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As Divided for a Regular Year
Tanya for 14 Tamuz
The key to this will be found in the phrase,  "For [G-d's] people are part of G-d....", [they are] part of the Four-Letter Name of G-d.
Thus, [describing G-d's infusion of a soul into the body of Adam], it is written:  "And He blew into his nostrils a soul of life," and, [as the Zohar comments],  "He who blows, does so from within him, etc." 
[The metaphor of blowing signifies that the soul of a Jew originates in the innermost aspect of G-dliness - in the Tetragrammaton, as shall be soon explained].
Now [G-d] has no bodily form, and so on,  G-d forbid.
[How, then, is it possible to say that G-d "blew", and to speak of a "part" of Himself?]
However, the Torah  "speaks as in the language of men," [i.e., anthropomorphically].
By way of analogy: There exists a vast difference in the case of mortal man between the breath issuing from his mouth while speaking and the breath of forceful blowing.
The breath that issues with his speech embodies the soul's power and life-force only minimally, and that is only from the superficial aspect of the soul that dwells within him.
But the breath that issues when he blows forcefully, from deep within himself, embodies the internal power and life-force of the vivifying soul....
[Just as there exists a vast difference between man's speaking and forceful blowing]:
Precisely so in the analogy [of Creation], allowing for the infinite differentiations involved [between Creator and created], there exists a prodigious difference Above, between all the hosts of heaven, even the spiritual beings like angels, who were created ex nihilo, [and the soul of man].
They derive their life and existence from the external aspect of the life-force issuing forth from the Infinite One to vitalize creation.
His [external] aspect of the life-giving power is called the "breath of His mouth," as it were, as the verse states:  "By the breath of His mouth all their hosts [were created]."
This is the creative power embodied in the letters of the Ten Utterances  (these letters being in the nature of vessels, and a drawing down and so forth of the life-force, as explained in Likutei Amarim, Part II, chapter 11).
In contrast, the soul of man derives initially from the innermost dimension of the life-force and flow issuing from the Infinite One, as in the verse [quoted above], "And He blew...."
[As mentioned earlier, this verb indicates the internal aspect of the Divine flow of life-force, for "he who blows, does so from his innermost being."
Thus, the soul originated in the internal aspect of the life-force and flow issuing from G-d.
It is only afterwards, in order to enable it to be invested within the body, that the soul descended to a more external level, as the Alter Rebbe now goes on to say].
It then descended through ever more concealing planes, also [like the angels who were created by means of "letters"] by means of the letters that comprise the Divine Utterance,  "Let us make man ....," in order that it could eventually be invested in a body in this inferior, [physical] world.
[This, then, is the difference between souls and angels:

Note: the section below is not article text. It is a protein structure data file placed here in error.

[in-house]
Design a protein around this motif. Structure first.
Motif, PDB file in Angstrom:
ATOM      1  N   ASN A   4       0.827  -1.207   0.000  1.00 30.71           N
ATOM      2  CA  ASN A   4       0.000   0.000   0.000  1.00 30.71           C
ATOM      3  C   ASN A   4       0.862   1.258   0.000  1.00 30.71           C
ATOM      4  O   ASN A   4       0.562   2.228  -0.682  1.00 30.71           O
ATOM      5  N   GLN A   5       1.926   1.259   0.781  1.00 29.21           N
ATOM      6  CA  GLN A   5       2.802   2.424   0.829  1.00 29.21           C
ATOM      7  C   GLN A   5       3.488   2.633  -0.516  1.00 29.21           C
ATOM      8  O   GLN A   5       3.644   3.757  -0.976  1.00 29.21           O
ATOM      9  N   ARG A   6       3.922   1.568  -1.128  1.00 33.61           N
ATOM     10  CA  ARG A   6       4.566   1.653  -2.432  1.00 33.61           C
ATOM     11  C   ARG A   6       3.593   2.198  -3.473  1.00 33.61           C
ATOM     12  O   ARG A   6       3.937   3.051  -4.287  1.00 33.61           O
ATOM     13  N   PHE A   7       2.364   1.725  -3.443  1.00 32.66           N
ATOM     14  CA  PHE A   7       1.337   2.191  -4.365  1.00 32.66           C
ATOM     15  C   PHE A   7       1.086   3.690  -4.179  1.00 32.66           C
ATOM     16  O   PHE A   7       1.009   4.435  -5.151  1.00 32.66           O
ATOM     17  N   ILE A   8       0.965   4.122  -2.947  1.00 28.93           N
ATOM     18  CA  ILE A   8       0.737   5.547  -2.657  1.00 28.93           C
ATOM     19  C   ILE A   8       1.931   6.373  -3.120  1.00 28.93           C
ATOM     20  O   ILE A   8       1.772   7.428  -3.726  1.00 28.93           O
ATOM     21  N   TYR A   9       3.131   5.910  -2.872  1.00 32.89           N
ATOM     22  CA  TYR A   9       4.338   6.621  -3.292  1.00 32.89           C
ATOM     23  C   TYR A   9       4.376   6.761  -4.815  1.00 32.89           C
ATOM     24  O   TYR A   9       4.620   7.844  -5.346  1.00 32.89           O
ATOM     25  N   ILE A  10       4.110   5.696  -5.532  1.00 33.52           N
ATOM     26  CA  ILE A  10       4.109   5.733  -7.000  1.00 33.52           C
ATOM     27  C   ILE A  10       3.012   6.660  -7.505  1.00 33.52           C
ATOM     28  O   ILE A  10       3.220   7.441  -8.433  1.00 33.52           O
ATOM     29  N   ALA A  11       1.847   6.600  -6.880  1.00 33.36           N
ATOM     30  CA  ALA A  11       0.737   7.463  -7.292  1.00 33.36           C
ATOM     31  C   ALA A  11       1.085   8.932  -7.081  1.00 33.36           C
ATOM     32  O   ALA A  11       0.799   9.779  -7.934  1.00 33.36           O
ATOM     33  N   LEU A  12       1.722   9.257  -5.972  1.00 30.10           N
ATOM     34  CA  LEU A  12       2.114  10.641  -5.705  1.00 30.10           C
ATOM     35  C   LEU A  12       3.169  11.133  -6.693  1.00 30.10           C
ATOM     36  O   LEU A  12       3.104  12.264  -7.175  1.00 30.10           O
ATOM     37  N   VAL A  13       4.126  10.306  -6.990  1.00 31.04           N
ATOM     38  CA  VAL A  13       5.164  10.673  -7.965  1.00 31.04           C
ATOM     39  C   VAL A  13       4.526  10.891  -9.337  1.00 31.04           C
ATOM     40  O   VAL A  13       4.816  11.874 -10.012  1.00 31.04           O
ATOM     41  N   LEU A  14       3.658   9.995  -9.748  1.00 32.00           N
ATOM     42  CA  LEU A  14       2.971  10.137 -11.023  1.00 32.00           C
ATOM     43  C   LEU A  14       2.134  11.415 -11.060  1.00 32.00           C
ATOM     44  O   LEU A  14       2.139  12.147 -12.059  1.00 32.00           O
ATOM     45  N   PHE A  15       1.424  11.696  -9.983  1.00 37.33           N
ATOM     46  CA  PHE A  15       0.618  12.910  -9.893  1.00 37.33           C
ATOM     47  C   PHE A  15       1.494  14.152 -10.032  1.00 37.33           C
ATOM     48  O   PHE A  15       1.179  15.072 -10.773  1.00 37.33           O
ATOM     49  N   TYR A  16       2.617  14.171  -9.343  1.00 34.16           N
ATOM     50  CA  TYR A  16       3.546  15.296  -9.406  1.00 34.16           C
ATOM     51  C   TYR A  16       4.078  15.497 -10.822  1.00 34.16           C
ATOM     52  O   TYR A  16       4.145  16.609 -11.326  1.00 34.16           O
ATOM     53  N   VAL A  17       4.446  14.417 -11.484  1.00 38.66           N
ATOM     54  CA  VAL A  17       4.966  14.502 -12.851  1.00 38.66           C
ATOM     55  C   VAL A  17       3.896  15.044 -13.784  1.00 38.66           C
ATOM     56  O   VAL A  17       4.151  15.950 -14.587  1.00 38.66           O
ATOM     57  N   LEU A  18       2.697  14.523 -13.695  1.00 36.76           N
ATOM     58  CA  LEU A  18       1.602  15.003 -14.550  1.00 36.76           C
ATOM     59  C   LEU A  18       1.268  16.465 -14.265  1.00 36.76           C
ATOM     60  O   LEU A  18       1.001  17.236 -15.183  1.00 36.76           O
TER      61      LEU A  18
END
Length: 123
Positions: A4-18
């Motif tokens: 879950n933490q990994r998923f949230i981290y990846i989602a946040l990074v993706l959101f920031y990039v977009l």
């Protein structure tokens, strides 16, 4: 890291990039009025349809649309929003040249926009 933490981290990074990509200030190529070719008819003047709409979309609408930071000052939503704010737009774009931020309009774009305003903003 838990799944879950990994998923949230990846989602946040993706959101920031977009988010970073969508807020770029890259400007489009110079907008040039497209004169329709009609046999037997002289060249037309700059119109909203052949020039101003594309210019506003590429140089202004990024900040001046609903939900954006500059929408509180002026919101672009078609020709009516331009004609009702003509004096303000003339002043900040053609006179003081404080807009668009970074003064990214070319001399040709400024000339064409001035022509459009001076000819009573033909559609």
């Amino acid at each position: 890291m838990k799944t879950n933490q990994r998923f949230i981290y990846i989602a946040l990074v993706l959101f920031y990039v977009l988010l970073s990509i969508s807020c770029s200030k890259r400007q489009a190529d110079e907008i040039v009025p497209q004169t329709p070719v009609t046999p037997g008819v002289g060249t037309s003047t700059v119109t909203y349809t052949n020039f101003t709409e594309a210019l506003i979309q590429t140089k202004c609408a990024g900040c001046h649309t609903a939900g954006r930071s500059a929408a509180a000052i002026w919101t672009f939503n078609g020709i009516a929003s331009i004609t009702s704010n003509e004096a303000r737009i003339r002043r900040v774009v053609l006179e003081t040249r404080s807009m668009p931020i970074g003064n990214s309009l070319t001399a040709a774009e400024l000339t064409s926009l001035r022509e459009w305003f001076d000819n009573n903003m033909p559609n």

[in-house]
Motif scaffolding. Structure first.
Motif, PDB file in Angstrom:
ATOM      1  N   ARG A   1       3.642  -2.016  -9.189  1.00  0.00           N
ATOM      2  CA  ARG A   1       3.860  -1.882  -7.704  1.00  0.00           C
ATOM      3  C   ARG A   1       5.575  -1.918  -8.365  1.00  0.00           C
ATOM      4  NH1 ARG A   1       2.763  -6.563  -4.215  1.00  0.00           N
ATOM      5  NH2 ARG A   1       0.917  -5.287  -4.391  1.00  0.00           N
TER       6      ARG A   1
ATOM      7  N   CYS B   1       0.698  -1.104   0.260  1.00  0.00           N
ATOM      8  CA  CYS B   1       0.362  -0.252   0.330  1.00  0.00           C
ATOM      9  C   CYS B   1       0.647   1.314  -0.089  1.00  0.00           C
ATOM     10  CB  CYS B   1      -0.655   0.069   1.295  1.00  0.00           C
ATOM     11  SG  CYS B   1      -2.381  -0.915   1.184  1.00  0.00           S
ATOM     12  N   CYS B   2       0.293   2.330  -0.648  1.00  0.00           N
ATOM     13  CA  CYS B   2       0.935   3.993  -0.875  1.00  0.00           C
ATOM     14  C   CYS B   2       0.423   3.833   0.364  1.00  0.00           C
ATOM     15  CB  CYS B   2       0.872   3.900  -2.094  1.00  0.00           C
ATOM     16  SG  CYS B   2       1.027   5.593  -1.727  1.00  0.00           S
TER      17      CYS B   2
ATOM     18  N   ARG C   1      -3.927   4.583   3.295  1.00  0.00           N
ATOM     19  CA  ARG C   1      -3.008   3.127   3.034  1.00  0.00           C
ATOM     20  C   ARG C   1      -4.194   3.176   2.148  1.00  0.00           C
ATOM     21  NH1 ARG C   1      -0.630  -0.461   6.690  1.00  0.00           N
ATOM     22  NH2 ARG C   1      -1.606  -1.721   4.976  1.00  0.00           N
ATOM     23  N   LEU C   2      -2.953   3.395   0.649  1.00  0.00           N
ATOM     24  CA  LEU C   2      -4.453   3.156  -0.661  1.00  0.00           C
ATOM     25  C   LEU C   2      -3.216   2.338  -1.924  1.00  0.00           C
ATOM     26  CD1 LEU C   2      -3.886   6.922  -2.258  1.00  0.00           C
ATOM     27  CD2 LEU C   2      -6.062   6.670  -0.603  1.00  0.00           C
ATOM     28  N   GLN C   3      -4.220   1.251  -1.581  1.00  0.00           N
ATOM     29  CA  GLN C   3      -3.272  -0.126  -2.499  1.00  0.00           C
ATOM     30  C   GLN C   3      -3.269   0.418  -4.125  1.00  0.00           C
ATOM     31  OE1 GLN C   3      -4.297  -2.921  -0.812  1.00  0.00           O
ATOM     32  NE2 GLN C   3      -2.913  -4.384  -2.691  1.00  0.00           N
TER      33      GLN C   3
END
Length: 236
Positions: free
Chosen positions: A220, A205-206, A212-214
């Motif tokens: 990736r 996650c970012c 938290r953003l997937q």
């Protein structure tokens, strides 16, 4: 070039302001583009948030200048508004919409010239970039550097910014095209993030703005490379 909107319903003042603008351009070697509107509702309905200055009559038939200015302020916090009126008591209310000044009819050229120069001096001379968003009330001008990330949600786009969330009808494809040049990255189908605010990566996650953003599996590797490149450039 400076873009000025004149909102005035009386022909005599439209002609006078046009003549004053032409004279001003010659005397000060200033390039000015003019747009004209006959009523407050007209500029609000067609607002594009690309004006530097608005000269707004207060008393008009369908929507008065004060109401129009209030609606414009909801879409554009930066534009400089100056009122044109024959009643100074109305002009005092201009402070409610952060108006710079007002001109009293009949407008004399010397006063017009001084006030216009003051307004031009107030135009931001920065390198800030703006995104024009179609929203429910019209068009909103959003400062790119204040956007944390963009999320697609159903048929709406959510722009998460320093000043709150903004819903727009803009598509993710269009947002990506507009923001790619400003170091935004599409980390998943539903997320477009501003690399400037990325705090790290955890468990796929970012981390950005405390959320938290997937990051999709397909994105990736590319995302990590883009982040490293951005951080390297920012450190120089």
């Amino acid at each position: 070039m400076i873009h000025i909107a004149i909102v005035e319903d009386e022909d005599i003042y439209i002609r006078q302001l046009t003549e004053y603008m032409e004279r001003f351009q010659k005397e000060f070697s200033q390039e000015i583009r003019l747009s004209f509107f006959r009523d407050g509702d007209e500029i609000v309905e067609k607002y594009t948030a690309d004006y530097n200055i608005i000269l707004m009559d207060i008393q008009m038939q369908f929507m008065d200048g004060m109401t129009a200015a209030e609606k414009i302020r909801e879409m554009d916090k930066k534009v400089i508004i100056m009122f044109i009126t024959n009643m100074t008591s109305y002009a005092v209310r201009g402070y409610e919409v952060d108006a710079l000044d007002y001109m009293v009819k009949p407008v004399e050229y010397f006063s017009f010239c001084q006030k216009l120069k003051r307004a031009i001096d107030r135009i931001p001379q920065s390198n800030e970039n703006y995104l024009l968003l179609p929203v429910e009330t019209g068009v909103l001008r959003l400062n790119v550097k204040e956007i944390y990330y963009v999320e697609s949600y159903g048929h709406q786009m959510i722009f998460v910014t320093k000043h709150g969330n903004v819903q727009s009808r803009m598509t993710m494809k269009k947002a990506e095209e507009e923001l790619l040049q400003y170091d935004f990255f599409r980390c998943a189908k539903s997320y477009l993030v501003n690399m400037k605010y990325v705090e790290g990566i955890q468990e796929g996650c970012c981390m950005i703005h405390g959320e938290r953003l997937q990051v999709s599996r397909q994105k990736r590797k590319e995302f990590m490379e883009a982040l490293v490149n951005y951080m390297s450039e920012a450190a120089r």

Souls derive from the innermost aspect of G-dliness, the Tetragrammaton, while angels are rooted in the external aspect of G-dliness, the Divine Name Elokim, as is now explained].
For this reason Scripture calls the angels "Elokim", as  in the phrase,  "For the L-rd your G-d,  He is the G-d of G-ds (Elokim)...," the last word here referring to angels, [and likewise],  "Praise the G-d of G-ds (Elokim)....," [once again referring to angels by the name "Elokim"], and [in yet another reference to angels],  "The sons of G-d (Elokim) came to present themselves...."
[The Name Elokim is applied to angels]:
Because they derive their nurture from the external degree [of G-dliness], which is merely the state of "letters".
Similarly, the Name Elokim is an external state relative to the Tetragrammaton.
But the soul of man, deriving from the internal aspect of the G-dly vivifying power, is a part of the Tetragrammaton, for the Tetragrammaton indicates the innermost dimension of the life-giving power, which far transcends the state of letters.
- (Back to text) Devarim 32:9.
- (Back to text) Bereishit 2:7.
- (Back to text) See above, Part I, beg. of chapter 2, citing the Zohar.
- (Back to text) The Rebbe Shlita suggests that "etc." alludes to the continuation of this statement above, Part I, beg. of chapter 2: ".... from his inwardness and his innermost being."
- (Back to text) Note of the Rebbe Shlita: " `Etc.' signifies `nor body' - from the hymn entitled Yigdal. See also beginning of Likutei Torah leGimmel Parshiyot."
- (Back to text) Berachot 31b.
- (Back to text) Tehillim 33:6.
- (Back to text) Parentheses are in the original text.
- (Back to text) Bereishit 1:26.
- (Back to text) The Rebbe Shlita notes that the Alter Rebbe cites three verses to adduce that angels are called Elokim, possibly in order to allude to the three general categories of angels - in the Worlds of Beriah, Yetzirah and Asiyah.
The angels closest to souls (souls having "arisen in the Divine thought") are those of the World of Beriah, the World of Thought.
They are alluded to in the first verse, which states that "Your G-d," i.e., the G-d of souls, is "the G-d of angels."
The second verse, which mentions neither "Your G-d" nor the Tetragrammaton, may be said to refer to the angels in the World of Yetzirah. The final verse, which speaks of the angels who give testimony with regard to the worldly affairs of man, may be said to apply to the angels of the nethermost world, the World of Asiyah.
- (Back to text) Devarim 10:17.
- (Back to text) In line with Scripture, the Rebbe Shlita restored the word "He" to the paraphrase in the text.
- (Back to text) Tehillim 136:2.
- (Back to text) Iyov 1:6.
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